The Branding Process with Tony Perlak and Erin Hoskins of Allied Health Media
Tony Perlak, CEO, and Erin Hoskins, CMO, of Allied Health Media Officer join us to share their backgrounds and the rebranding process that they went through at Allied Health Media. If you like our podcast, please subscribe and leave us a rating!
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Bill Gullan: Greetings, one and all. This is Real-World Branding. I’m Bill Gullan, president of Finch Brands, a premiere boutique branding agency. Thank you for joining us. I told you we aren’t going to stop. I told you we’d be back with great interviews and content with business and brand builders. Today is no different.
Bill: But the innovation today as a podcast that is always pushing forward, we have two guests, and they are from the same company and speaking about the same situation but from different perspectives. It’s Tony Perlak and Erin Hoskins. Tony’s the chief executive officer of Allied Health Media. Erin is the CMO. What they’re going to take us through, in addition to their own sort of careers and background, which are really interesting, is a rebranding process or a branding process that they went through.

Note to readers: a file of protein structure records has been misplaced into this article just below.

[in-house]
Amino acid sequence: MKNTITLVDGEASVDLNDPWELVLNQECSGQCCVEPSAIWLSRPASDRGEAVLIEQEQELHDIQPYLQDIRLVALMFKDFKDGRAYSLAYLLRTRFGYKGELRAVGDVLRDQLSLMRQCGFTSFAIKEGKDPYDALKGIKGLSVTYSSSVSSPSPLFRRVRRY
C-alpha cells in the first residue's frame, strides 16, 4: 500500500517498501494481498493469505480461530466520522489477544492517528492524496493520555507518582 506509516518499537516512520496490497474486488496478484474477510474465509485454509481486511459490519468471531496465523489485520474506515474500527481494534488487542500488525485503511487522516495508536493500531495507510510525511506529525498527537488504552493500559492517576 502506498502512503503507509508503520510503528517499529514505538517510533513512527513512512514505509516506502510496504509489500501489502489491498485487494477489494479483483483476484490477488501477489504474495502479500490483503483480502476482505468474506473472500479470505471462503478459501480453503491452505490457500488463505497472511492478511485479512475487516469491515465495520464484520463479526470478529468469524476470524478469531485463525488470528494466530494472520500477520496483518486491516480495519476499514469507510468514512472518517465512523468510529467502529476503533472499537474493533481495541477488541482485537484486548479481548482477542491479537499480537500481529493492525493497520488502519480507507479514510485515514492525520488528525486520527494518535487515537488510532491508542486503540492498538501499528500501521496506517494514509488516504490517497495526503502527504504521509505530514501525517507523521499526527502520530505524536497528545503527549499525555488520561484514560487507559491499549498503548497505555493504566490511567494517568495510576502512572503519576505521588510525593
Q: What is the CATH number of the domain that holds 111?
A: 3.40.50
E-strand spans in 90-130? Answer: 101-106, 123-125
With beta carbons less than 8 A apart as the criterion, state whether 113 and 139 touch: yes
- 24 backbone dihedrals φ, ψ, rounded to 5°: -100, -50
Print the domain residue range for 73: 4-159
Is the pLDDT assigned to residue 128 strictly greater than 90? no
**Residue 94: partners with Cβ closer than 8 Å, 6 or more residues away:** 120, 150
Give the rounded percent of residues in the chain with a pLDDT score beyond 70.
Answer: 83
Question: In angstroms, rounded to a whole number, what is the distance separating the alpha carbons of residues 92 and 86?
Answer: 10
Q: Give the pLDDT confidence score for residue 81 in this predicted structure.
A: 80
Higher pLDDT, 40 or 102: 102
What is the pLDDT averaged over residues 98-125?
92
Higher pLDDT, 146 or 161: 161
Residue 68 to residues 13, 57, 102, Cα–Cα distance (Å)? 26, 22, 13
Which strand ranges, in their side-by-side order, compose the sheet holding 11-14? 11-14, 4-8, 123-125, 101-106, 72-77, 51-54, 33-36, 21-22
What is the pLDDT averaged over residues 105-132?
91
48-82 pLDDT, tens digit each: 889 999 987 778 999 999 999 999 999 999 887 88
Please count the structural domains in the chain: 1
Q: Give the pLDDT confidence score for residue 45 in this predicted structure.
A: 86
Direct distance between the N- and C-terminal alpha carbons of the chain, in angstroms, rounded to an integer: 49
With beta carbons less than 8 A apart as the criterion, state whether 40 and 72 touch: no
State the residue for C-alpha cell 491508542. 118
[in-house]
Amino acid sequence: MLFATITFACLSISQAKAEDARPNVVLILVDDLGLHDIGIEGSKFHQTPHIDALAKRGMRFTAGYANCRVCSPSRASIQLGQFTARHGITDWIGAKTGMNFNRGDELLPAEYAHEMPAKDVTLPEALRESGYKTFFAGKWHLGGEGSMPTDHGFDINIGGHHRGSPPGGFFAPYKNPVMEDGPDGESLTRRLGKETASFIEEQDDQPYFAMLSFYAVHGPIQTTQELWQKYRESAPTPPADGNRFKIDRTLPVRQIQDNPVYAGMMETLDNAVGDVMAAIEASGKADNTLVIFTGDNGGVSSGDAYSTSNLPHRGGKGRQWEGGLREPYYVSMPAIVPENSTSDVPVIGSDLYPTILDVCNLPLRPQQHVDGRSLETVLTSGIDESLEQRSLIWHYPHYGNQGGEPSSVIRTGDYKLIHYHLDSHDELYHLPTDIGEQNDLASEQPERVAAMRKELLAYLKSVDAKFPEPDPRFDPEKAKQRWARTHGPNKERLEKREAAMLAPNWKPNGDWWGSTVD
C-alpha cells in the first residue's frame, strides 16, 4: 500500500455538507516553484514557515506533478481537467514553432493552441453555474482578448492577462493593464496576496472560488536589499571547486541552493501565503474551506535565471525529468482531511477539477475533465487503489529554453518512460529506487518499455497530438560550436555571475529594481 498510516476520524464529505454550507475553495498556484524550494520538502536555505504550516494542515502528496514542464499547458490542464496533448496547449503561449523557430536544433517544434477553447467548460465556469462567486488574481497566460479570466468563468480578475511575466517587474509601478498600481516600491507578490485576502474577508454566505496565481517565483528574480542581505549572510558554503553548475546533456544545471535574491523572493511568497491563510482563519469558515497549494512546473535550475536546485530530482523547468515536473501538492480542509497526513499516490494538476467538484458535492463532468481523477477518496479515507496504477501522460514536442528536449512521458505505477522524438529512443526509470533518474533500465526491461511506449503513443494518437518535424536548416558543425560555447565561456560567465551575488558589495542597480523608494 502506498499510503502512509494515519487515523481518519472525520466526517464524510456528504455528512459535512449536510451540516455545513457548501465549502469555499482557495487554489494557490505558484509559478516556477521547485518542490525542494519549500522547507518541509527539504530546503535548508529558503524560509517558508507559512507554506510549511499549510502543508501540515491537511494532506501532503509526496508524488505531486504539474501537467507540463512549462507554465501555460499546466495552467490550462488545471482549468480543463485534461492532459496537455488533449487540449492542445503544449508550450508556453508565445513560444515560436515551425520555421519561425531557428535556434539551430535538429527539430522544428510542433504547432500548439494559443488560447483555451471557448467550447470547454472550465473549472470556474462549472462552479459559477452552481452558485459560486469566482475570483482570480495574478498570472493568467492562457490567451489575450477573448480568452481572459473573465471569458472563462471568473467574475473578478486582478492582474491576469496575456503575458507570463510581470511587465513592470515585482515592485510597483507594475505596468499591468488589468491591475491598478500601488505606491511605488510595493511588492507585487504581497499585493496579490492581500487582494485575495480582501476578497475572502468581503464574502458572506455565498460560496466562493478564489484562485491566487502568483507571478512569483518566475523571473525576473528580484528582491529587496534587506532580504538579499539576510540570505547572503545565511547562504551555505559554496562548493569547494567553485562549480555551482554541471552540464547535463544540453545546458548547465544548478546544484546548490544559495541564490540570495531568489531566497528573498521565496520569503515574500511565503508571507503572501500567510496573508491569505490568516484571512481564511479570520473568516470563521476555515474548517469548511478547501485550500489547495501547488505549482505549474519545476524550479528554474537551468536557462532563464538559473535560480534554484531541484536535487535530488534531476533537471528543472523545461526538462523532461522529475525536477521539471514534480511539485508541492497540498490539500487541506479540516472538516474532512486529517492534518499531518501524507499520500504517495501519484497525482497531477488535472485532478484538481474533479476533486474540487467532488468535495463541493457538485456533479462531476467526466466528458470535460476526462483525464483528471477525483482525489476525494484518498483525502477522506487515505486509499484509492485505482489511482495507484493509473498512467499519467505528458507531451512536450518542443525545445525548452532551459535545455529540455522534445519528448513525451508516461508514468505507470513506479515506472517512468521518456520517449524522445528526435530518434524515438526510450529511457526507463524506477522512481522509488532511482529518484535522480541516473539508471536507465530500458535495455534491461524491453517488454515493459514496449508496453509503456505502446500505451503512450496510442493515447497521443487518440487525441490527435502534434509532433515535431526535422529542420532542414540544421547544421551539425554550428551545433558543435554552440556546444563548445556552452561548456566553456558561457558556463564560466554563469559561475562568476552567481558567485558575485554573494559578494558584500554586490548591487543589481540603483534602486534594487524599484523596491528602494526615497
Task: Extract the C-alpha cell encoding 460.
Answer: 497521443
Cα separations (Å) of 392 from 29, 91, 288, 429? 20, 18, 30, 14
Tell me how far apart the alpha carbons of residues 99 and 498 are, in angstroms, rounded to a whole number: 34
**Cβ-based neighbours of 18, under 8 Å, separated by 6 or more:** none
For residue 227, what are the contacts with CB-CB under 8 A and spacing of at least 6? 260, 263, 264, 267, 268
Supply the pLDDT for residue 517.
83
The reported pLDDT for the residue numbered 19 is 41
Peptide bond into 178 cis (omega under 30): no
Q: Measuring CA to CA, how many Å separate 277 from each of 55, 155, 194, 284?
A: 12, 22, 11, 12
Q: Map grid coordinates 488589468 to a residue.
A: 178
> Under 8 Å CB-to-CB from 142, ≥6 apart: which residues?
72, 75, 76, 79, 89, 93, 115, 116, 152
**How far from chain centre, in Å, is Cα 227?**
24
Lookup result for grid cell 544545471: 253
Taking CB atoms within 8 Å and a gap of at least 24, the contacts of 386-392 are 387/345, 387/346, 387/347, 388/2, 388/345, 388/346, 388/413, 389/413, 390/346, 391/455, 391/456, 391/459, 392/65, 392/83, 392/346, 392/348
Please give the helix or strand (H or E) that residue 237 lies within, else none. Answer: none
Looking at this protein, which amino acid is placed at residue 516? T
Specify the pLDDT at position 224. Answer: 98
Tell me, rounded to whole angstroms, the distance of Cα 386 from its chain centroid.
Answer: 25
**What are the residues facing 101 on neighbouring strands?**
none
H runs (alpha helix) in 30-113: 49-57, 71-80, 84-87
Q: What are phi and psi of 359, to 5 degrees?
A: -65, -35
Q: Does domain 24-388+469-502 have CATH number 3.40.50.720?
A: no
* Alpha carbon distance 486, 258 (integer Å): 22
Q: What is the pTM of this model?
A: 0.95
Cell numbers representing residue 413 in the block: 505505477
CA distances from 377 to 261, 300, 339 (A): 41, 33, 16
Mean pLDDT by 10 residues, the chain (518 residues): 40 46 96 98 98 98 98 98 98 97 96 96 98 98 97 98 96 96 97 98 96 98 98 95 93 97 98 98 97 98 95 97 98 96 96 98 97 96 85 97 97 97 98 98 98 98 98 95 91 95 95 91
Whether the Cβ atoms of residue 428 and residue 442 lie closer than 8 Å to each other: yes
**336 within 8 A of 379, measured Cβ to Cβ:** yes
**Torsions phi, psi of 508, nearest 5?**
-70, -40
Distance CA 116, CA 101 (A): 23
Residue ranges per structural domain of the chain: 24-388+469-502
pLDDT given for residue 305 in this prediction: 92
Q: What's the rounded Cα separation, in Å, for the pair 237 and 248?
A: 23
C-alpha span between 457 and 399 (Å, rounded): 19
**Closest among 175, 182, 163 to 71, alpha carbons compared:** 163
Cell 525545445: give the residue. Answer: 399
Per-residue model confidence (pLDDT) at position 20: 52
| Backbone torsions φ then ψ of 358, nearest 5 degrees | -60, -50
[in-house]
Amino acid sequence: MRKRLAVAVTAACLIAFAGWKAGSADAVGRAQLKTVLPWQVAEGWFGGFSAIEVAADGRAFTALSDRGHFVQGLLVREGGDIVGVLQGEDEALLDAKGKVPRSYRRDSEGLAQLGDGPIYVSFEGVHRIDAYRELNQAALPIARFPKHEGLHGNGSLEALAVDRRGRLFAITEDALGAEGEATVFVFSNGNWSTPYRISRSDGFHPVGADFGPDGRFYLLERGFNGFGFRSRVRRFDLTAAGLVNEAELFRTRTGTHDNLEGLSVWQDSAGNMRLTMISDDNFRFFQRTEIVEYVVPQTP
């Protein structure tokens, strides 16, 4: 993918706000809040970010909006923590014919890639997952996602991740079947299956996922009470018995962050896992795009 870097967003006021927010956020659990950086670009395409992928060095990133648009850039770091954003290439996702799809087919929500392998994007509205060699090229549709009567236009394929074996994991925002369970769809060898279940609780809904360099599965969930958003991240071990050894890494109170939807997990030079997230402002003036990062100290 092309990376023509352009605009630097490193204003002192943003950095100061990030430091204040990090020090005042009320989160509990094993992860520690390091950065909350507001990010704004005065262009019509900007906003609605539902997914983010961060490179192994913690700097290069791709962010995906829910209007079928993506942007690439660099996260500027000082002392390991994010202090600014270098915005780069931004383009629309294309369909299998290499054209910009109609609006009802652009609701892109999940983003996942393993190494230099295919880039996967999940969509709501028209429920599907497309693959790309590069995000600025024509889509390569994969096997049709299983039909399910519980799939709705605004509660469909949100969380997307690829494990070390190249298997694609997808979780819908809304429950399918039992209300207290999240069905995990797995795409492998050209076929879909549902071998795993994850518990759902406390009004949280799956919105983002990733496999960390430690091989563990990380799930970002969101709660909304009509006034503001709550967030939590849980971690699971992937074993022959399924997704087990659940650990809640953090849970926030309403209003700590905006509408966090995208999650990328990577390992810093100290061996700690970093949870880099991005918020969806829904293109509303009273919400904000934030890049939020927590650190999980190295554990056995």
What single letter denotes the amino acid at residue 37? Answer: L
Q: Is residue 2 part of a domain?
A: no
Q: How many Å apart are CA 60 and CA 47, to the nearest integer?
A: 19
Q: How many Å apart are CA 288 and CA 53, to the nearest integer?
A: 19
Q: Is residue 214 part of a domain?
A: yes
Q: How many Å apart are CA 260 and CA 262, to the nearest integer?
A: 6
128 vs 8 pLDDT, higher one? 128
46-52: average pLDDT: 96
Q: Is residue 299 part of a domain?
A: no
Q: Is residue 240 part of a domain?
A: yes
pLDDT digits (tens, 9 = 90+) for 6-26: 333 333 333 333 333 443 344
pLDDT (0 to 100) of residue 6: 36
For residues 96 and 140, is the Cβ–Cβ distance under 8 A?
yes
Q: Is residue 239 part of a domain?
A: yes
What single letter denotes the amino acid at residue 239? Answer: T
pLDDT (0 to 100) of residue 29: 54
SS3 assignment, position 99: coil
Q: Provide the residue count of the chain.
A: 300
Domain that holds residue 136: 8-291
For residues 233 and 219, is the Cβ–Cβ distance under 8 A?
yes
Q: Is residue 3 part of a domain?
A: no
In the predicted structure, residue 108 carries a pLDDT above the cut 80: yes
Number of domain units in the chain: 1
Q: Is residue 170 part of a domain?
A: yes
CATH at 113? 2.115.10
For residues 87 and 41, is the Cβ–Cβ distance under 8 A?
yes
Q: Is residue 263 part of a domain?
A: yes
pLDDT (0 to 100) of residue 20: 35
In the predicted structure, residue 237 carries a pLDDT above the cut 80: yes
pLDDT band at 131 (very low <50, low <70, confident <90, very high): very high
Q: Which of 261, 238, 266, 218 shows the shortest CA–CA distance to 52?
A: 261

Bill: Allied Health Media as a business was created to provide sort of streaming continuing education content for the allied health professions, so that’s speech language pathology, and audiology, etc., and as they’ll tell you, over the life of the company they operated a network of sites that existed and sort of served their client base similarly but were branded separately, and they went through a process to really define and brand the overall platform that sort of underlies Allied Health Media. The outcome of this is continued. That’s the name. They’ll tell you about why and how. Enjoy Tony and Erin.
Bill: Joining us on Real-World Branding, what a treat, A- because the subject matter is so interesting, as you’ll hear, and B- we’re actually going to do a three-way call today on Skype, and this is new territory for us, thanks to Steve, our crack executive producer. We have Tony Perlak and Erin Hoskins. Tony is the CEO of Allied Health Media, and Erin Hoskins is the chief marketing officer. They’re going to take us through a bit of that company and some really interesting stories around branding and rebranding.
Bill: Thanks to you both for joining us.
Erin Hoskins: Sure.
Tony Perlak: Thank you so much, Bill and Steve. It’s great to be here.
Bill: It’s our pleasure.
Erin: Thank you.